surprise to the mission and to Washington. VJhat may be considered in 
retrospect _, but only in retrospect^ as the first very general danger 
signal came in the form of a conversation between the US/DCM in Saigon 
and Italian Ambassador D'Orlandi^ on 20 January^ and reported that same 
evening to Washington. In discussing the current French initiative in 
Asja (recognition of Communist China and advocacy of neutralization of 
SEA)^ the Italian Ambassador had se.idthat the greatest danger to the 
U.So position in Southeast Asia lay in the effect it might have upon 
certain pro-French and potentially neutralist mainbers.of the MRC. 
When asked to clarify^ D'Orlandi named Generals Iran Van Don and Ton 
Thap Dinh as potential leaders of a group that might accept a French 
neutralization formula^, especially if the U.S. position on that issue 
were not clarified immediately. In reporting the incident the Embassy 
commented it had no hard evidence of either of these ±\to flirting with 
neutralization _, although because of French training they were frequently 
cited as pro-French. 36 /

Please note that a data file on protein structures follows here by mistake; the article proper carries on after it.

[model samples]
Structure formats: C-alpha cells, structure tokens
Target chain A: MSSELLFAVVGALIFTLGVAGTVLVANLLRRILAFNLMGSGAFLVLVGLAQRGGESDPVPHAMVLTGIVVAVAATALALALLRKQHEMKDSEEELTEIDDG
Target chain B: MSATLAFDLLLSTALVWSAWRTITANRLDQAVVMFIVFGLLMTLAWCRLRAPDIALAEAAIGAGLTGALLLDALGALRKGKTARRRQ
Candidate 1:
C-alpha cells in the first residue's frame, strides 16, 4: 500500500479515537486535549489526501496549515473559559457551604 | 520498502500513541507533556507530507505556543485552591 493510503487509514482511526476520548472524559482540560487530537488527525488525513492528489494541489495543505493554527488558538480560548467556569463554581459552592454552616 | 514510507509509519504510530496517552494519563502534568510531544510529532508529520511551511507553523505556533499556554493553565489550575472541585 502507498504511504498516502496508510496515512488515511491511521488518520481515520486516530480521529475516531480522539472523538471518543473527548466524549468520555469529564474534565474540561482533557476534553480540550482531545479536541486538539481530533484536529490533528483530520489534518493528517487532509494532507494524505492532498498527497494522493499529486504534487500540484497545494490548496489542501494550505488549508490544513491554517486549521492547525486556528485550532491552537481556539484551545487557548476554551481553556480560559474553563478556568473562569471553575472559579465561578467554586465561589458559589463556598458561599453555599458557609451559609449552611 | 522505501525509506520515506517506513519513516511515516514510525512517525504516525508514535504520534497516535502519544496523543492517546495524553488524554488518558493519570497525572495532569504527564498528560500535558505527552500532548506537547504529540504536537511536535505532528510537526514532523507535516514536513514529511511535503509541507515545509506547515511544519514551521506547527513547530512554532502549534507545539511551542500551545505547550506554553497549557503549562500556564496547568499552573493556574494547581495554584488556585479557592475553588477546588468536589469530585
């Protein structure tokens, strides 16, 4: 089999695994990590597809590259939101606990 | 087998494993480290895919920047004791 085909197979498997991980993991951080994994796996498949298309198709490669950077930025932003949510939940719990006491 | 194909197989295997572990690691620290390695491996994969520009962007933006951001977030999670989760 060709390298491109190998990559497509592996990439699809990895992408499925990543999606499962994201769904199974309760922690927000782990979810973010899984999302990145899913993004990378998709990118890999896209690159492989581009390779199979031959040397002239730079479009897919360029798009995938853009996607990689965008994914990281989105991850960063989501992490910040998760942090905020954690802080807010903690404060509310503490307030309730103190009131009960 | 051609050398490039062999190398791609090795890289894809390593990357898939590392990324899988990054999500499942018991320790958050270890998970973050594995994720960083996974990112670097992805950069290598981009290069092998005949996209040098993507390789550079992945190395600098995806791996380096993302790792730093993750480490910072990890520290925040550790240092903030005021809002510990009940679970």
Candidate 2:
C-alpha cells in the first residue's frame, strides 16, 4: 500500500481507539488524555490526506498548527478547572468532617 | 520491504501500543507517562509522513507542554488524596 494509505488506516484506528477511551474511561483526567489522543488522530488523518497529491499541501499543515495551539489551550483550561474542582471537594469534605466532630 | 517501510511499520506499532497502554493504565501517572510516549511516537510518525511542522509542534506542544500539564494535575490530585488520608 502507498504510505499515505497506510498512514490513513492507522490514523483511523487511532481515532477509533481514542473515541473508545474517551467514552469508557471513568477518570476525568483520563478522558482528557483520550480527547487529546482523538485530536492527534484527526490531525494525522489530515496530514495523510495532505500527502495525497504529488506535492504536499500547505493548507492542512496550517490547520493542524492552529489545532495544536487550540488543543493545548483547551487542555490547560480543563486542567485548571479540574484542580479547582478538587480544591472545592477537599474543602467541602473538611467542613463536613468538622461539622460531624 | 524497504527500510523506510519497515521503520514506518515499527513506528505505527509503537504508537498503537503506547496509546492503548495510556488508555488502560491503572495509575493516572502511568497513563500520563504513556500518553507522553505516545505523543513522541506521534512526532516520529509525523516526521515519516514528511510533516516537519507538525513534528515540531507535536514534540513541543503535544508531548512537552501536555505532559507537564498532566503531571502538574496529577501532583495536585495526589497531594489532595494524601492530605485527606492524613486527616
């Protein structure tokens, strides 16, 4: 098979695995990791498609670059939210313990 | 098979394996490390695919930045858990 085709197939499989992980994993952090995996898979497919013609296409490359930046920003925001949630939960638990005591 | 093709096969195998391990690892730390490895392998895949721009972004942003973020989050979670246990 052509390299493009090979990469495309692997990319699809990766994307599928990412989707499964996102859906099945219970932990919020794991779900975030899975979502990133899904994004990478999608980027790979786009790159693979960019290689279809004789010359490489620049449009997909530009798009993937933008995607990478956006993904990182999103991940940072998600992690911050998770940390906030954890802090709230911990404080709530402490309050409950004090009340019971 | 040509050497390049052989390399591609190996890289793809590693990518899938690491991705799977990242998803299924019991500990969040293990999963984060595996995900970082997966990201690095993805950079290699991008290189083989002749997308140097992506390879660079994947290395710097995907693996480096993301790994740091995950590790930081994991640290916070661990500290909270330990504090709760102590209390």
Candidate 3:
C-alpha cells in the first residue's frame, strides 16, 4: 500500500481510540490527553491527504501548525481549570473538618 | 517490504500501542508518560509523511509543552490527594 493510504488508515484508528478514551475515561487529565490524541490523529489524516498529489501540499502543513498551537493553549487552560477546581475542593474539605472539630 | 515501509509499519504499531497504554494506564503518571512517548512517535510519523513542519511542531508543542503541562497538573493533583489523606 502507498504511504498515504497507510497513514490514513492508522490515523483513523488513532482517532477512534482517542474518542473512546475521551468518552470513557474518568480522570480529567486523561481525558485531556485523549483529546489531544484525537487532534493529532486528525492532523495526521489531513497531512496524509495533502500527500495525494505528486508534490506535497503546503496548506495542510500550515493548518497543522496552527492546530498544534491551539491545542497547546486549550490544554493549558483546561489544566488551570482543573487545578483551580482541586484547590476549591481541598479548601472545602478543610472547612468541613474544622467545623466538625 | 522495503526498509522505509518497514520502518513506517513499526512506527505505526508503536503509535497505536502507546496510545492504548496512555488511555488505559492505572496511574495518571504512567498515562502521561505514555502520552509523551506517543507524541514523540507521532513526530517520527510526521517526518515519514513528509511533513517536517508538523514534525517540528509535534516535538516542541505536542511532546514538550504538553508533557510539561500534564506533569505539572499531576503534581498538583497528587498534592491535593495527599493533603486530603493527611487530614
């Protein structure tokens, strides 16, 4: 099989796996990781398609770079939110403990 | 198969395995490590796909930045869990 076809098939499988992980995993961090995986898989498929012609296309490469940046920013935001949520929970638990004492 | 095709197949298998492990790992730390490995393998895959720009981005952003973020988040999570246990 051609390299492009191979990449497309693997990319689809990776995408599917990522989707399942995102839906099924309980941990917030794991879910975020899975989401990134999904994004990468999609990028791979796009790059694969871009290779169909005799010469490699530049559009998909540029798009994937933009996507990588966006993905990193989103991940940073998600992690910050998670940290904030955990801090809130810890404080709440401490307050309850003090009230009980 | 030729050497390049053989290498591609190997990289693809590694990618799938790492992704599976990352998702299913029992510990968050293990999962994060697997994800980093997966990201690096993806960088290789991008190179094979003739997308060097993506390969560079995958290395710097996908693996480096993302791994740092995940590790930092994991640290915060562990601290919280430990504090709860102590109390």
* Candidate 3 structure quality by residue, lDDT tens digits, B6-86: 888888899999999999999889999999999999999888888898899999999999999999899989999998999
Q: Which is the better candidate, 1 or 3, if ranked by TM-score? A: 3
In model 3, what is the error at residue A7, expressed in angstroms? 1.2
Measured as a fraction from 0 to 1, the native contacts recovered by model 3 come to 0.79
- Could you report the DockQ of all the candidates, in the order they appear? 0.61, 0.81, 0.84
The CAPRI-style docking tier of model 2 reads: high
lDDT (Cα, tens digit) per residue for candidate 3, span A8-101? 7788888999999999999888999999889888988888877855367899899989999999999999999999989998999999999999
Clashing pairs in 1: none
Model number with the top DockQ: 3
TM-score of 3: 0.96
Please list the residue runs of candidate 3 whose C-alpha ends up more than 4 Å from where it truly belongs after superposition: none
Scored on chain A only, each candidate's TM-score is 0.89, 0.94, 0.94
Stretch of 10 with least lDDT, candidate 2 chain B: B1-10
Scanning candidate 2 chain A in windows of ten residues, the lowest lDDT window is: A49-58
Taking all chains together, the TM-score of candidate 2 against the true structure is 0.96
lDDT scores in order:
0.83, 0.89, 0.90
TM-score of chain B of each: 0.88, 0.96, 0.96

A few days later Ambassador Lodge issued a public ste^tement which 
acknowledged existence of neutralization ruiaors and proceeded to affiroi 
that U.S. policy rem.ained unchanged and that the UoS.^ "In solidarity 
with the Government of the Republic of Vietnsjn^ firmly rejects the 
spujrious idea of 'neutralizing^ South Vietnam since 'neutralization^ 
would simply be another means of Comanunist talie-over." 31 / 


The first warning of the coup that may be considered specific and 
definite^ however^ did not com^e until 28 January^ when General Khanh 
told Colonel Jasper Wilson^ U.S. Senior MAAG advisor for I Corps _, that 
pro-French_, pro-neutralist members of the I-IRC. "- Generals Xuan^ Don^ and 
Kim. "-were planning a palace coup that would take place as early as 31 
January. 38/ Once the coup vras effected^ they would call for neutralization 
of South Vietnam, It was not reported that in the conversation with 
Wilson^ Klianh had expressly suggested that he might try a counter coup 
action. He did say^ -however^ that he plazined to go to Saigon that day 
or on the morrow. In reporting this conversation to Lodge and Harkins 
in Saigon and to CIA/Washington^ CAS cited four other recent intelligence 


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items^ from other sources^ which might have lent sorae credence to the 
Khanh allegations (although in the course of time Khanh's allegations 
vere discounted altnost entirely). These were (l) Tran Van Ly gained 
impression in conversation with Xuan that Xuan favored a coup, (2-) 
Lt. Col. Tran Dinh Lam^ recently brought back from Paris at the 
request of Generals Tran Van Don and Le Van Kim^ was reported to have 
Prench authorization to spend 2 billion piastres to achieve a neutrali- 
zation of South Vietnanu (3) An Merican had observed several military